Spooky Stuff

“Fear of the dark, fear of the dark.  I have a constant fear that something’s always near.  Fear of the dark, fear of the dark.  I have a phobia that someone’s always there.  Recorded by: Iron Maiden, 1992.  Composer: Stephen Percy Harris

BOO!  Did I scare you?  Probably not.  It’s okay, my feelings aren’t hurt.  However, I do have a daughter who understands BOO really well.

Meet D’Anna, my youngest daughter.  The snapshot above was taken three years ago when she was sixteen years old.  We had dinner at one of our favorite eateries for Tex-Mex in a north Dallas, Texas suburb.  We both hadn’t been there in many years and felt the tug to go.  Just inside the front door, in the atrium, is a rather large stuffed (what I assume to be a grizzly) bear.  He stands in the corner of the entry way.  He’s certainly not to be missed as you must walk passed the bear to enter the doors to the dinning area.  When D’Anna was a little one, she was frightened by him, as most small children would be.  She would react by wanting to be held, with her face buried in my shoulder.  She would say, “Walk faster, Dad.”  She wanted us to be out of that atrium as quickly as possible.  As she got older, she would place her back to the opposite wall from the bear, never taking her eyes off of Mr. Grizzly, walking sideways until she quickly made her way to the door where the maìtre d’  was waiting.  Being a badly behaving dad, I am sure I once said, with all fear in my pipes, “I think I saw him breathe!”  (Shame on me.)

So, there we found ourselves.  Same bear, same atrium, same daughter.  This time a well-rounded, indestructible and wise teenager of the world, with her back to Mr. Grizzly.  Again, she hadn’t been there in many moons, so one of her most profound statements, one that truly spoke to me was, “Hey, he doesn’t look as big as he used to be.”  The fear obviously melted away as the giant bear was being viewed through a different lens.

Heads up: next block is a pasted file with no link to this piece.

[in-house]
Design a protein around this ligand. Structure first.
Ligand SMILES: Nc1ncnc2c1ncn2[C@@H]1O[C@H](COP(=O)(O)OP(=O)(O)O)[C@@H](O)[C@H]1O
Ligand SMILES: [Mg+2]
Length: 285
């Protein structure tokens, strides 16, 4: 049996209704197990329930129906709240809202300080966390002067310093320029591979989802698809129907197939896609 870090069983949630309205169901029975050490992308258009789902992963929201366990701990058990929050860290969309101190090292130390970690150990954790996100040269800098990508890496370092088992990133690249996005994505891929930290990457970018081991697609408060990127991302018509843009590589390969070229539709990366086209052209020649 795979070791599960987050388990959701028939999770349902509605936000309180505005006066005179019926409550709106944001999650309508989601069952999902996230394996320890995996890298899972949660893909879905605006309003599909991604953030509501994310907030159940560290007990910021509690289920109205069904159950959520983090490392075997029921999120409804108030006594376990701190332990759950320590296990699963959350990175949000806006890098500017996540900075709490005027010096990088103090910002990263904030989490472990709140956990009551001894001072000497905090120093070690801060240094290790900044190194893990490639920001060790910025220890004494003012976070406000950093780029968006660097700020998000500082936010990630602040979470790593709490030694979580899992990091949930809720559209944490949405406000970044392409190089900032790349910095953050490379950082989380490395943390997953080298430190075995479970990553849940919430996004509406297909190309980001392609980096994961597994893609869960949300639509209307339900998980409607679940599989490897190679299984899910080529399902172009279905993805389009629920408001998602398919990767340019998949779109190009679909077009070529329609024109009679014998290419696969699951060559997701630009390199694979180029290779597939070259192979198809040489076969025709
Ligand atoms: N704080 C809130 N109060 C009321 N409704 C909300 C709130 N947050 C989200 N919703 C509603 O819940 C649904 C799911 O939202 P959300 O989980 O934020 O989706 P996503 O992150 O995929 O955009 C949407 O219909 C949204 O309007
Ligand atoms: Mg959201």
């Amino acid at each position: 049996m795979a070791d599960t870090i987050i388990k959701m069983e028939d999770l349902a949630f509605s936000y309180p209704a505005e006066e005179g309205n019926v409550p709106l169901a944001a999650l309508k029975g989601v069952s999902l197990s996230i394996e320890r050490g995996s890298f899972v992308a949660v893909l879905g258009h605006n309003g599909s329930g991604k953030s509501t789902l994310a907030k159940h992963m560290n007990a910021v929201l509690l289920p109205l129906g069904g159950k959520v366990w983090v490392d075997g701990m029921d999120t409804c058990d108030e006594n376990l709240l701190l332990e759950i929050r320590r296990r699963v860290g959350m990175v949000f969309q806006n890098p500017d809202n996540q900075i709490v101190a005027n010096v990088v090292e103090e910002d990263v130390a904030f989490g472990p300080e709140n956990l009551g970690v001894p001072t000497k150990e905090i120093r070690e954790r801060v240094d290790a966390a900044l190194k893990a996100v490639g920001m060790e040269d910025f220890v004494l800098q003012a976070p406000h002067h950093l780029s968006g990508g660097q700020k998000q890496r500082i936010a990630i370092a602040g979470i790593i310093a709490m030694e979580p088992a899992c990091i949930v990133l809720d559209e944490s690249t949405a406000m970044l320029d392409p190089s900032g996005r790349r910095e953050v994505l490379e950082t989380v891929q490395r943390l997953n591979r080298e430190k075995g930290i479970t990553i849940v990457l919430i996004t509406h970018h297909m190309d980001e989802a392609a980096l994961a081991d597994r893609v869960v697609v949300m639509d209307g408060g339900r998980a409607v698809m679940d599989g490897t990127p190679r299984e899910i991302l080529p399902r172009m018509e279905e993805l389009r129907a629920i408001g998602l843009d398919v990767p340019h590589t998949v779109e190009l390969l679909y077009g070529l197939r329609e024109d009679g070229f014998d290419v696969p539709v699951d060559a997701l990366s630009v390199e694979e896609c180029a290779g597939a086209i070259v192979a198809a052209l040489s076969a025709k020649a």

Woods at night

Fast forward to March 2018, just two nights ago.  Our two dogs, Sammie and Shorty, went out into the very dark backyard to do their biz just before bedtime.  Like racehorses they took off out into the blackness of the property barking like country hunting hounds, which they’re not.   My wife Michelle, called for me to come take a look at a large black shadowy figure perched in one of our trees.  There it was, way up high, huge and ominous looking, nestled tightly by its claws on a long sprawling thick limb.  A neighborhood possum, the largest I had ever seen (possibly pregnant) came to visit, but frozen stiff in the canine calamity.  I had forgotten how, as a defensive strategy, in an involuntary response, the possum will play dead when frightened or highly anxious in a traumatic event.  I am sure there is another thirteen-letter medical term for this action, but I can pronounce, “Thanatosis”, a state resembling shock resulting in playing dead.  Frankly, I felt badly for the mammoth marsupial clinging to our tree.  In many ways, it reminded me of myself.

In May, I will turn 58 years old, yet I feel as if I have lived three or four lifetimes.  I have lived through incredible tragedies, traumas and turmoils.  My life was forced into a horrific near death experience (Read my post from mid February.)  There have been abuses suffered in every aspect.  Unexpected health crashes are part of the maze, including a quadruple bypass performed this past December.  A novel could be written of the countless trials, tortures and troubles.  All of which could have ended my mental health, and/or my very life, like a road running out of pavement.  There’s a great possibility I may be the poster child for survival training.  Maybe I should teach a course on the subject.  Yet, I hear the lyrics from Kelly Clarkson’s hit, “Stronger” and wonder why I didn’t write the following section of the song…